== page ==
The man who compiled that list is about to retire.

Confession time: I did not read everything on the list. I am fifty-nine years old, and I am only now reading Henderson the Rain King. Not that I didn’t try to read it back in 1967. Henderson the Rain King was no Separate Peace, however. Forty-four years later, I read it – and read it with pleasure – but perfectly understand that Bellow was no easy assignment for that younger reader in love with the friendships at Devon School.

“I went back to the Devon School not long ago...”

The New England prep school setting that John Knowles had begun to create with that opening line of A Separate Peace is not too different from the setting to which my sophomore English teacher eventually moved for a forty-year career. Reading the brief biography that his school linked to an announcement of his retirement, I can locate the years he taught me in New Orleans. I watch the accompanying slide show and smile at the earliest photographs of him. An elegant man now in the signature bowtie of his professional maturity, he wears a turtleneck and sport coat in a black-and-white picture from the initial years of his employment.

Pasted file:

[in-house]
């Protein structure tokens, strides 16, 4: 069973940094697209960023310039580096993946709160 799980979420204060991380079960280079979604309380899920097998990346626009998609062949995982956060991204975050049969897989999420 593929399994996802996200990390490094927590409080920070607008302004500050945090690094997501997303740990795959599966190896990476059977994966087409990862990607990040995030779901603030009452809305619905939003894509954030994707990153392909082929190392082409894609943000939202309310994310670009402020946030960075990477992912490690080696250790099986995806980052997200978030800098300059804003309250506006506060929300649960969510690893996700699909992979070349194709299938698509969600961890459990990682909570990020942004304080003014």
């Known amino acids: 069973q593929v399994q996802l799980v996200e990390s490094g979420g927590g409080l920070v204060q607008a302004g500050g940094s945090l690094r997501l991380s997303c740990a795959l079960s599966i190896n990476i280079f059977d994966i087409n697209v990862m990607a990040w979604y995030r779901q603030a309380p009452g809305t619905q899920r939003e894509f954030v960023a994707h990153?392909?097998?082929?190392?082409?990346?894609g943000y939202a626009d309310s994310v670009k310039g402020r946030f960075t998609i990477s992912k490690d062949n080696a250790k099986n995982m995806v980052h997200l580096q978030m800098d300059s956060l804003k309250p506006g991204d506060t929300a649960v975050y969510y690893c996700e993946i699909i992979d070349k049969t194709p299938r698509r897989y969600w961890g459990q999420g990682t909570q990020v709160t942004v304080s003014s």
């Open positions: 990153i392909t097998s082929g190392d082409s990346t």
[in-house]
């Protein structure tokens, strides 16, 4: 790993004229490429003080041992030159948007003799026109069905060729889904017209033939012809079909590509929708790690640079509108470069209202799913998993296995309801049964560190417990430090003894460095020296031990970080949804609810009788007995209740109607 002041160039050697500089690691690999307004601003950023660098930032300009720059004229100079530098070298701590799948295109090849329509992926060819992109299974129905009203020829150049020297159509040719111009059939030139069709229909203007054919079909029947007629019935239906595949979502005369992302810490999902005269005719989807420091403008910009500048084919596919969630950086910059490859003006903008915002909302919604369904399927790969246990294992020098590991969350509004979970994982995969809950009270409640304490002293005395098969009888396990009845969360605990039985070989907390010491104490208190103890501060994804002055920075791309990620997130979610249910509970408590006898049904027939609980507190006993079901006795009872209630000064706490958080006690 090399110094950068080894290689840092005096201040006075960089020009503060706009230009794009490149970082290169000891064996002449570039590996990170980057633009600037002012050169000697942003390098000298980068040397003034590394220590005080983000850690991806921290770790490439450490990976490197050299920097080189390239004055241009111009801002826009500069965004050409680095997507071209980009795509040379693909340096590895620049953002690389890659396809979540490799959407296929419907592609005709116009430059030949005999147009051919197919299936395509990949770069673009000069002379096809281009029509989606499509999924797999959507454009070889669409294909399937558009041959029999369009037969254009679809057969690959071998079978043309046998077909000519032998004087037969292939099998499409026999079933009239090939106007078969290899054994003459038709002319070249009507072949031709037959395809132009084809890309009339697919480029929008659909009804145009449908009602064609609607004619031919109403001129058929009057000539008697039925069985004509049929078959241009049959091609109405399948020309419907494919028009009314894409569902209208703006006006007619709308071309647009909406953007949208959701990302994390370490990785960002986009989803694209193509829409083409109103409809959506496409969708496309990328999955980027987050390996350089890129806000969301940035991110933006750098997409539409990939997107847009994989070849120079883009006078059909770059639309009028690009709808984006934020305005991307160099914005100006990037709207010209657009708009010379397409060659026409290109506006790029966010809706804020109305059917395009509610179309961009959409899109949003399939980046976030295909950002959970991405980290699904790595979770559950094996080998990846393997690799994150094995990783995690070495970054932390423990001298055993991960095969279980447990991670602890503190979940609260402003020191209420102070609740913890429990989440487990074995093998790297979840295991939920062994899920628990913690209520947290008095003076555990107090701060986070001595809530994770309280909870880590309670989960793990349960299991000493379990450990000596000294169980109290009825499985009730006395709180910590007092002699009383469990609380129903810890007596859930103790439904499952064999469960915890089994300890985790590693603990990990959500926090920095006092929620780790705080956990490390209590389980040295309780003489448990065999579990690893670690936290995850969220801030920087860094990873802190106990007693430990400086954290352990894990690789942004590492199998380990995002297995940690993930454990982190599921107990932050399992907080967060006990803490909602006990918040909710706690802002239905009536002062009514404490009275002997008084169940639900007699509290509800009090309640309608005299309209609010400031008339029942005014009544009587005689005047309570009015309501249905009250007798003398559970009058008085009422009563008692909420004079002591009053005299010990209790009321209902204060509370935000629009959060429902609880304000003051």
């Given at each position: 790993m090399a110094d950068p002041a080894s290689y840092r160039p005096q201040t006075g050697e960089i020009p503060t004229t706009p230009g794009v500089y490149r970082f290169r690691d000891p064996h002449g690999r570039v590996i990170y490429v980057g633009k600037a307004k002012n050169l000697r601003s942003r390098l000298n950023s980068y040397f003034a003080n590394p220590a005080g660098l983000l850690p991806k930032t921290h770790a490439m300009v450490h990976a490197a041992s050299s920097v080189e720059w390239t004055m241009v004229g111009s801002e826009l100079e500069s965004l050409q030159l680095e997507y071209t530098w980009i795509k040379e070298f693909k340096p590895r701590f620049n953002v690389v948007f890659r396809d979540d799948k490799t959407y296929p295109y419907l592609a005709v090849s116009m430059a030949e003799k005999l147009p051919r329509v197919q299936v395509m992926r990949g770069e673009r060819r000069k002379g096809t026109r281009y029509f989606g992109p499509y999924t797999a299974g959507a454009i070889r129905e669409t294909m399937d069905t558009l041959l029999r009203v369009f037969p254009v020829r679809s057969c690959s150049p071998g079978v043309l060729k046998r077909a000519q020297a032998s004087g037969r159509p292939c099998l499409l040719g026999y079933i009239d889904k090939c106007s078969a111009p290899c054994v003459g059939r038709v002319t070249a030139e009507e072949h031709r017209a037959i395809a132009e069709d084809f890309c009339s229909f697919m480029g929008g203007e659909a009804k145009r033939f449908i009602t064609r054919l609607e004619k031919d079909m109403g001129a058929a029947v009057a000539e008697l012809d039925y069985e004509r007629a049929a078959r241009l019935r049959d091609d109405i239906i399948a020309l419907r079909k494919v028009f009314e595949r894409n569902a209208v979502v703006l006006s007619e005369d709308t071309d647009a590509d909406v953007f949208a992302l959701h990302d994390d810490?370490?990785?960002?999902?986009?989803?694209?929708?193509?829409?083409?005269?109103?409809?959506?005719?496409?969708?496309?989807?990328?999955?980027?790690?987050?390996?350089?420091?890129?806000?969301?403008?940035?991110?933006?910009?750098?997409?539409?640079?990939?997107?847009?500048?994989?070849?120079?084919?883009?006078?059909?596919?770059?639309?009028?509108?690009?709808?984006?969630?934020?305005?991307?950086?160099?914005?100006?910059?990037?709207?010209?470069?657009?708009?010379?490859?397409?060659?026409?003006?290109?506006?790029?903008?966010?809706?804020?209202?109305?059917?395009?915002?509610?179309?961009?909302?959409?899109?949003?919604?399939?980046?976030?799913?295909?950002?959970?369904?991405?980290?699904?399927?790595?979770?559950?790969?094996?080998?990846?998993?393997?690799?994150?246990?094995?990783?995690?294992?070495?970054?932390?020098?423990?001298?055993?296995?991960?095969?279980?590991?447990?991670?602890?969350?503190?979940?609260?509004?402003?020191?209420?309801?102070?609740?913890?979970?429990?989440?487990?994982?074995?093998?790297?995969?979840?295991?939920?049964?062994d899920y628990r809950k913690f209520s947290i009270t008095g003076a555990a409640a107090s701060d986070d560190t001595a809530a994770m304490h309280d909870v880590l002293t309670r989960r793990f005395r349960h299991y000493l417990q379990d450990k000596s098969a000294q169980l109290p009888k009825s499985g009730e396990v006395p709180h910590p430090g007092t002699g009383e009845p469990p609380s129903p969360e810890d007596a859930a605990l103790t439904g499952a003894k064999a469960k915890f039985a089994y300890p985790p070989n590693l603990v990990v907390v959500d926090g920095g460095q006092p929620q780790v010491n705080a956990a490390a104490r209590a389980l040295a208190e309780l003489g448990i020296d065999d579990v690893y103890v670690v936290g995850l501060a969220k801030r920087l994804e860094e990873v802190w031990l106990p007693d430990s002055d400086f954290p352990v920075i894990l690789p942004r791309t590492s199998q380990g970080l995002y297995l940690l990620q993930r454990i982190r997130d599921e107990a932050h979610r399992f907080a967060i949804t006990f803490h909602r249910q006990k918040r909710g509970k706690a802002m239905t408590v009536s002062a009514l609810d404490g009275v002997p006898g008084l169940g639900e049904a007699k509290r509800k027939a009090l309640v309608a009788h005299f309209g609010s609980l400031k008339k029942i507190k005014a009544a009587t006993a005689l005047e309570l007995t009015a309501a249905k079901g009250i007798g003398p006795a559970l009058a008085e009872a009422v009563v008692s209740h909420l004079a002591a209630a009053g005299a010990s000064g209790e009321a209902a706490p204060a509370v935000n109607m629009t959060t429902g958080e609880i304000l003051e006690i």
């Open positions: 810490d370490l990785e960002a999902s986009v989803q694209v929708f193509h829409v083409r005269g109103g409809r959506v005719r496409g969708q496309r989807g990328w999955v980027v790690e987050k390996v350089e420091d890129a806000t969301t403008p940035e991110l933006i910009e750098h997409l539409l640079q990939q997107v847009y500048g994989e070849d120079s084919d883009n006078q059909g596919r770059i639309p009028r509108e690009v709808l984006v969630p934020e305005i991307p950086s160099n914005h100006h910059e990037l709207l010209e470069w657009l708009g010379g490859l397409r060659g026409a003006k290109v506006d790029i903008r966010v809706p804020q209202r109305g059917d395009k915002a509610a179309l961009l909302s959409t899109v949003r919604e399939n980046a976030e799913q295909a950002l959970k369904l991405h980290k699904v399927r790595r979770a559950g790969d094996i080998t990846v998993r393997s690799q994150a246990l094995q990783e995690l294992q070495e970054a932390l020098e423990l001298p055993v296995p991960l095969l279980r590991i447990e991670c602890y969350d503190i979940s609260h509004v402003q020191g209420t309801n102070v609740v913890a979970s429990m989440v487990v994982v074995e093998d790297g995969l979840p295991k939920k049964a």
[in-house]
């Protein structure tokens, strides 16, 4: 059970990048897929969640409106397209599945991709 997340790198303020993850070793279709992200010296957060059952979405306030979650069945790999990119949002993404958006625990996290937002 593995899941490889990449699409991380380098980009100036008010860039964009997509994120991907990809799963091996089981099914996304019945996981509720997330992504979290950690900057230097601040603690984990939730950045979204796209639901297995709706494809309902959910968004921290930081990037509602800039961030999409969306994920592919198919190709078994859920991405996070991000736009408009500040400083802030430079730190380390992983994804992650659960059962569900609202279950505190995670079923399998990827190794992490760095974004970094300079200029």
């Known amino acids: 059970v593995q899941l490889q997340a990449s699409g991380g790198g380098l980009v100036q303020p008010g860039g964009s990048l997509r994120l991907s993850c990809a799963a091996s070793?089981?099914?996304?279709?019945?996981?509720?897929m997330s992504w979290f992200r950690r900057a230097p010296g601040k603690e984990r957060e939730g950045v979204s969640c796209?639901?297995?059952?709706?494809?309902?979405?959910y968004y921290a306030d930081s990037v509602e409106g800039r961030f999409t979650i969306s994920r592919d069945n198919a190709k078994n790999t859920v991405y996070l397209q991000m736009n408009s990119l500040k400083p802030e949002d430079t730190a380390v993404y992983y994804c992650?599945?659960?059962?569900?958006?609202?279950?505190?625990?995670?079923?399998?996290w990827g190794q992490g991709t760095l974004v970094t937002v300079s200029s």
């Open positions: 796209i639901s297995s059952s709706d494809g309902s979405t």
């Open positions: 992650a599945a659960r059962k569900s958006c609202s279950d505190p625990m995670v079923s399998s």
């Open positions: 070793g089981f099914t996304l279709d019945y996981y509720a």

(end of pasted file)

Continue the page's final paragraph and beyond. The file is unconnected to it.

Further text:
I recall the pages of poems with which he used to supplement the bound texts for our English course. Across some of the ditto masters with their carefully typed verses he would slash random lines with his pen, arcs of enthusiasm to startle his students into spontaneity and fresh reading energy. His in-class recitations could approach a yawp if he suspected my classmates and I were unnecessarily passive or complacent.

I heard my teacher’s voice last night as I read one passage by Bellow. It is American millionaire Henderson speaking here to an Arnewi prince in the deep solitudes of the African continent: